By Haider al-Yaqoubi, in Nasiriyah
As a pastime, the tobacco hookah is almost extinct. A hard corps of pensioners in Nasiriyah are keeping their habit alive.
Nasiriyah local Haj Abdul Khader al-Sharifi has been coming to the same cafe in his city, every day since 1971. He comes because it is just about the only place where he can smoke a tobacco hookah pipe. Most hookah pipes use a flavoured smoke but the tobacco hookah is different. It is also almost extinct.
Al-Sharifi stopped smoking cigarettes when he was 18 and started to smoke the tobacco hookah after that. He’s addicted and he knows it. “I cannot travel for more than a day because of my smoking habit,” he confesses. “But because of my old age, I only smoke twice a day now.”
In fact, he insists that the tobacco hookah is healthier than smoking cigarettes. The process of preparing the tobacco means that the dried leaves are washed and al-Sharifi says this means the nicotine is washed out. He believes that it even cures conditions like irritable bowel syndrome and indigestion.
Using other water pipes is worse for you, al-Sharifi insists, “because of the addition of flavours, chemicals and sugars. Tobacco is more natural,” he argues.
To smoke the tobacco hookah, al-Sharifi must go to the Haj Allawi Cafe in the middle of a central city market. Many of the other patrons seated on the traditional wooden benches are also elderly locals, many of whom also seem to be addicted to the tobacco hookah.
Smoking a complete tobacco hookah takes about 45 minutes and actually produces very little smoke compared to the more common water pipes.
A friend of al-Sharifi’s, Jamil al-Khuzai, arrives. He’s a retired policeman and he says he comes here every day because the tobacco hookah is good for him. “After every meal, I smoke a hookah because it makes me feel physically and emotionally comfortable,” he explains. “It helps with the feelings of anger and tension I have, ever since I stopped drinking alcohol 30 years ago.”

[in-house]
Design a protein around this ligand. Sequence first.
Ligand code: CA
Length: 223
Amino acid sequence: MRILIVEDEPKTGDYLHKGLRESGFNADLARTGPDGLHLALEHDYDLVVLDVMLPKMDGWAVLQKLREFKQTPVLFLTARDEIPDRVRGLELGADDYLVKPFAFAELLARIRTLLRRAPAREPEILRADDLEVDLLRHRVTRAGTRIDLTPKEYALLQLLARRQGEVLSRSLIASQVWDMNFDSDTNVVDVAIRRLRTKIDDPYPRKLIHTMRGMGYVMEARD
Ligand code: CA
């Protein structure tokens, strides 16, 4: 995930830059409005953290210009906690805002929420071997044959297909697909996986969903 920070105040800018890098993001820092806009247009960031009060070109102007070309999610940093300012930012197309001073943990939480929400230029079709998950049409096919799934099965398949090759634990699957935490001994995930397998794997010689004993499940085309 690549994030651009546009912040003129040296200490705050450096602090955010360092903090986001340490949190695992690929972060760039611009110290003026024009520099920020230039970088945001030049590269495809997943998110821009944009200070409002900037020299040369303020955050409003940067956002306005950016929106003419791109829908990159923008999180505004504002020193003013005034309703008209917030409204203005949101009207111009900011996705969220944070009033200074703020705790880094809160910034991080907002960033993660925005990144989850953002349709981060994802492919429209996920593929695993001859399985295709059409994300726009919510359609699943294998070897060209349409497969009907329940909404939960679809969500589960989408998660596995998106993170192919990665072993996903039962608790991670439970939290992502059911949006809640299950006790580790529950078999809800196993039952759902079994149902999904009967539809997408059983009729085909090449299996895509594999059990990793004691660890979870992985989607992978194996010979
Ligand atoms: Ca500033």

Al-Khuzai says he first smoked a tobacco hookah when he was 19 and did not enjoy it. “It almost made me faint,” he recounts. But he took it up again after he stopped drinking and he now smokes about three a day. However the 70-year-old insists he’s not addicted and that he could stop at any time.
“I can travel and when I do, I’m not worried about the hookah, even though I miss it,” he explains.
The cafe owner, Jawad Abdul-Khadhim, brings al-Khuzai the tobacco hookah he just ordered. He’s been preparing these pipes for 29 years and says that this cafe used to a cultural hotspot, but that a lot of the customers have died or left the city.
The tobacco is bought from a region in Karbala, where there are tobacco plantations. It is mixed with molasses and salt by the farmers before being sun dried. “We buy it ready like this and we only have to cut it and wash it with water several times before preparing it,” Abdul-Khadim explains. A tobacco hookah normally costs about IQD 1,250, or around US$1, he adds. “And I have seen him here,” he motions to al-Sharifi and laughs, “since I was a young man.”
Al-Sharifi is settling in to enjoy his addiction. He gathers up the smoking pipe on his legs, puts on his headphones and begins to browse YouTube on his phone. Finally he finds a song he likes: “It seems I’m getting old,” by Hussein Neama.